Putting light in a spin generates a ring of fire on gold film
Ars Technica » Scientific Method 2017-03-24
Enlarge / The evolution of the vortex over femtoseconds. (credit: Spektor et. al.)
The late 20th and early 21st century have seen a revolution in the study of light. Far from the old days of seeing things dimly through microscopes, we are now in the position to freeze light, use it to make materials transparent, and watch it spiral around on a gold surface.
Watching light do its thing is very difficult. This sounds a bit silly, as we observe the world through the effects of light. But what we actually see is an average effect. Light, shade, colors, and texture all come to us via the intensity of light, provided by lots of individual photons. We are in no position to see the femtosecond flickering of the field that averages to our spectacular view of the world.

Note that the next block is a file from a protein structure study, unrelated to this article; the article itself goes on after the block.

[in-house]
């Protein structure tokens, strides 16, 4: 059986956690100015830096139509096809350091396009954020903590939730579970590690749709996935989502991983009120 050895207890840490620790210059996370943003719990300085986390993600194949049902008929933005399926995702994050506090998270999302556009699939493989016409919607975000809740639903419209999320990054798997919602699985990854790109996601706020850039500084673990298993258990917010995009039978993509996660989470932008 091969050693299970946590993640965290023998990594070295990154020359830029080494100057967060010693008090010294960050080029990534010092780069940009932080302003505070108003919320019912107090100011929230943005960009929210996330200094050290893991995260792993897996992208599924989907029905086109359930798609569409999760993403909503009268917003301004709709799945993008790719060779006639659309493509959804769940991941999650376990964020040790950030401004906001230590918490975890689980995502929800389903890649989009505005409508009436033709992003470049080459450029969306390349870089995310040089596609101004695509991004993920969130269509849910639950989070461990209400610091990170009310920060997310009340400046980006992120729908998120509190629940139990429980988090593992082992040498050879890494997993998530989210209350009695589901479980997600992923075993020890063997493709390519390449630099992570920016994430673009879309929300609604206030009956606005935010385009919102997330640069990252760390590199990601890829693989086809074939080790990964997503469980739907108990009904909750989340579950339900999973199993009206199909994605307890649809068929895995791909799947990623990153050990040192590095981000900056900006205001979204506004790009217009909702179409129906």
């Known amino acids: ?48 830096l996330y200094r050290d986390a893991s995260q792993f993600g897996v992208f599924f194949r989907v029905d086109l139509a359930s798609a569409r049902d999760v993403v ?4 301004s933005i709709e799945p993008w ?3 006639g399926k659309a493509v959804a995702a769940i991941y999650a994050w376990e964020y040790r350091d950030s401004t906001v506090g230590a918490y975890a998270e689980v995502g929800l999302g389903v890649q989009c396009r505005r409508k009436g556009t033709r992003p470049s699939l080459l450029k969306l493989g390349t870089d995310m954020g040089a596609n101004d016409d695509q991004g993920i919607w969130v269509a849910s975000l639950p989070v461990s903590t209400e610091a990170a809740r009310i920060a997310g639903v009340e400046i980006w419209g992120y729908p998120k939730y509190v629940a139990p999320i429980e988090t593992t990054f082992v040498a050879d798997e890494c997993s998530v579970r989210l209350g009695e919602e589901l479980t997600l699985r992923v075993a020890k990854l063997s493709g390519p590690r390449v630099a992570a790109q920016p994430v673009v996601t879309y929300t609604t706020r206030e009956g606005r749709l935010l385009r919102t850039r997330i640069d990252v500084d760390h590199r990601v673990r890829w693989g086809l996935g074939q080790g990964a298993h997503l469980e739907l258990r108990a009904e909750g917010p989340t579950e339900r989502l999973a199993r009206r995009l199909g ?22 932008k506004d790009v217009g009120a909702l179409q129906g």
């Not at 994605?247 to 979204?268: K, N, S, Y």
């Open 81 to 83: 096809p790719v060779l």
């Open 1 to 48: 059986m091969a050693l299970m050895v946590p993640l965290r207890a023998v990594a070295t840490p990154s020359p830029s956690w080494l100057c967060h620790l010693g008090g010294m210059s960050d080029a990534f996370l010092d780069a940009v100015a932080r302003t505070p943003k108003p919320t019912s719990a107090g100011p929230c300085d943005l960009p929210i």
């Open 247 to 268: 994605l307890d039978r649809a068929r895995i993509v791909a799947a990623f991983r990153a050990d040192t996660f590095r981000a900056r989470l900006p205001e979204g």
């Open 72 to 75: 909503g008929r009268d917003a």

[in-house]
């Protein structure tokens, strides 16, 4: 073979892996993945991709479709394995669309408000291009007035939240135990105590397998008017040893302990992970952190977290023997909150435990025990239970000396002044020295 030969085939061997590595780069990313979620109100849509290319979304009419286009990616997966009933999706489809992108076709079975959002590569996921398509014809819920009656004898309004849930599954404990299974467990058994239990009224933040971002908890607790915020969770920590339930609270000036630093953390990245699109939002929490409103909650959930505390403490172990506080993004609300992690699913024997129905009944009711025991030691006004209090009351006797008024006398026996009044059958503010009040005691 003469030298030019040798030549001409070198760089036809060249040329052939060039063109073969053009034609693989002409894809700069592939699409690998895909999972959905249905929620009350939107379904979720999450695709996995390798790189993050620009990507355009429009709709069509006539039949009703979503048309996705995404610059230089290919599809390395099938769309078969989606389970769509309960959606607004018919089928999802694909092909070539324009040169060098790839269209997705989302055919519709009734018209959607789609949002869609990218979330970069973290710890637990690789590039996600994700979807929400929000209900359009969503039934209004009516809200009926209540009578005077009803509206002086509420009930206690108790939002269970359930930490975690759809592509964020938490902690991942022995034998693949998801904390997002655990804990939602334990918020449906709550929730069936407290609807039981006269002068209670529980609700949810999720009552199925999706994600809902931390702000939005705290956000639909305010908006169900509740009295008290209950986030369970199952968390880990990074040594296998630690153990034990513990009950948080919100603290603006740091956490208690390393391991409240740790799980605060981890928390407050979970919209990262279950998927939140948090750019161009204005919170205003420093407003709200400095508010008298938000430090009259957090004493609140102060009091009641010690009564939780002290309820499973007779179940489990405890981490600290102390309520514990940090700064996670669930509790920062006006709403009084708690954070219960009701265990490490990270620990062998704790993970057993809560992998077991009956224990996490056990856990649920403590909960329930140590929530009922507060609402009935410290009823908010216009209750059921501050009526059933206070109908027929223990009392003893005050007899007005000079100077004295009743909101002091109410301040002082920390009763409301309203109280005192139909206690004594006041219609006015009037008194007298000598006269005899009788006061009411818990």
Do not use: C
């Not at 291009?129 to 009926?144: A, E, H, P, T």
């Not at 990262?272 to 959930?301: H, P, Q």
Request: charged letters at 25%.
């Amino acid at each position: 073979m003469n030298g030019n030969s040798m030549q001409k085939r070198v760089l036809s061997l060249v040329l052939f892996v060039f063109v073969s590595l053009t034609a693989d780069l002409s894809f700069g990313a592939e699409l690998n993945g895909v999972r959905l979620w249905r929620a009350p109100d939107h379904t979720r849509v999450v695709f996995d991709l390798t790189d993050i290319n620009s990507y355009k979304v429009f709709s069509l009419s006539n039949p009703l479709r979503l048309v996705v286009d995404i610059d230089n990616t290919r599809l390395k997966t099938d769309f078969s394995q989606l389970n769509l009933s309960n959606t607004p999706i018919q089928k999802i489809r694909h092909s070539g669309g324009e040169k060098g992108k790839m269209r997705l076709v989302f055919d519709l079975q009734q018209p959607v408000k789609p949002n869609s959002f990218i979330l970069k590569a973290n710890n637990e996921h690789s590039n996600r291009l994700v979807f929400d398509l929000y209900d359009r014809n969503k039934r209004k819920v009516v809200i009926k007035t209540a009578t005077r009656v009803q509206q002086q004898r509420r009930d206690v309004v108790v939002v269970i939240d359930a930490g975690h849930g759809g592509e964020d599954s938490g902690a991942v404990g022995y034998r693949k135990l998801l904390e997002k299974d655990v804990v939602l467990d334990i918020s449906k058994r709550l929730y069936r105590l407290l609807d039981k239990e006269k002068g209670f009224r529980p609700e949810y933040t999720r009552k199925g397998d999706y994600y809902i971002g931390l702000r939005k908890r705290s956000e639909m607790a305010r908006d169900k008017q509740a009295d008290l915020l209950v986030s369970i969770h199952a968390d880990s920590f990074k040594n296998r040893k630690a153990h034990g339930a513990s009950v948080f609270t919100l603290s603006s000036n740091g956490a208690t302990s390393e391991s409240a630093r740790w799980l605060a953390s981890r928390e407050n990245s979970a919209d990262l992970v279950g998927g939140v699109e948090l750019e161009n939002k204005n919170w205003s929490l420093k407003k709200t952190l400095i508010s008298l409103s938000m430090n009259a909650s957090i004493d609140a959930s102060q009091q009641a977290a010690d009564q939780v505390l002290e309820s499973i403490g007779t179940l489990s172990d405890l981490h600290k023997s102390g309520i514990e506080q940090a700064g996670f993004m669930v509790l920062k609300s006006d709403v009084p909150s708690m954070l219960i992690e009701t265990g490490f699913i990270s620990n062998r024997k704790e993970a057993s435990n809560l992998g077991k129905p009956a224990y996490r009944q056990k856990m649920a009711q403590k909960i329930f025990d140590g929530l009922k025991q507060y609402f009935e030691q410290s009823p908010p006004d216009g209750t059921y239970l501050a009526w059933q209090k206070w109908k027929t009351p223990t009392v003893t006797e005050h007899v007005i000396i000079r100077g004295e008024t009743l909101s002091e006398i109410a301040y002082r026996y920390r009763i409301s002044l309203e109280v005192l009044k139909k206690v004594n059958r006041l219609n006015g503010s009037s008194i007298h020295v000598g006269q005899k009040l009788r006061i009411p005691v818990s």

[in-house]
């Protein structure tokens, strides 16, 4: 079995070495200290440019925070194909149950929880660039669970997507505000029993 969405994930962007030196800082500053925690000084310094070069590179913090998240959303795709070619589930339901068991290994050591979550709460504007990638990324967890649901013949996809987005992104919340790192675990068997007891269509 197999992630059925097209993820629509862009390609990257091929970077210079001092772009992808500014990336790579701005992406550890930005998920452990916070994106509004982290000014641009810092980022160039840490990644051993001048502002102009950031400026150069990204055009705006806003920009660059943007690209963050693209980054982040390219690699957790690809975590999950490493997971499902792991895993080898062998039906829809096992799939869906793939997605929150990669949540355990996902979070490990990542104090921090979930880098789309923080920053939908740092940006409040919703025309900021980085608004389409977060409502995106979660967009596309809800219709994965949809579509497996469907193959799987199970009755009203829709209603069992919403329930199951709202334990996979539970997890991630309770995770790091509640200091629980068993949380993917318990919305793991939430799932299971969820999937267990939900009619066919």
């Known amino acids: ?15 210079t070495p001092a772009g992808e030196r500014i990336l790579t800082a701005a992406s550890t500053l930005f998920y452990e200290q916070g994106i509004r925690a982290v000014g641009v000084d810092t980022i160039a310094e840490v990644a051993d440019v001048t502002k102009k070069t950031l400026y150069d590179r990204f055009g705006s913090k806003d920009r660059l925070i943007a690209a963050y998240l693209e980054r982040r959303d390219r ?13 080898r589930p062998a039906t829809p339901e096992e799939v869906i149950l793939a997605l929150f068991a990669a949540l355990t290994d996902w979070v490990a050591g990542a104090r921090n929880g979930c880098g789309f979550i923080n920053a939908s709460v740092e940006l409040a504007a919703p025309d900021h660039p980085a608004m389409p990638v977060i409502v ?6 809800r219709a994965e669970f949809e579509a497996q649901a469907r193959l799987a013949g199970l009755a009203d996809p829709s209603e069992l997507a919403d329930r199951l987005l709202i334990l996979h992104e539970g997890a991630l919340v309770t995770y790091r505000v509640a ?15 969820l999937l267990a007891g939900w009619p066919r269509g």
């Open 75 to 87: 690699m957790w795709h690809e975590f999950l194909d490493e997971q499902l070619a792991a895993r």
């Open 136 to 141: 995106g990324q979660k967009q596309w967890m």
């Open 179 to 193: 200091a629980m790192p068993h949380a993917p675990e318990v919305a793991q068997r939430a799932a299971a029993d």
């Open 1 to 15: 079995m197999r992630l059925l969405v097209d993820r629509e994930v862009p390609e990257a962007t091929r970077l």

All the interesting stuff we see is related to the amplitude and phase of the light field, though. And the amplitude of a light wave changes very fast, going through a complete cycle in two to three femtoseconds. The wavefront (phase) also travels very fast, moving around 300 nanometers every femtosecond. Tracking this sort of motion is tricky, but it reveals all sorts of intriguing stuff.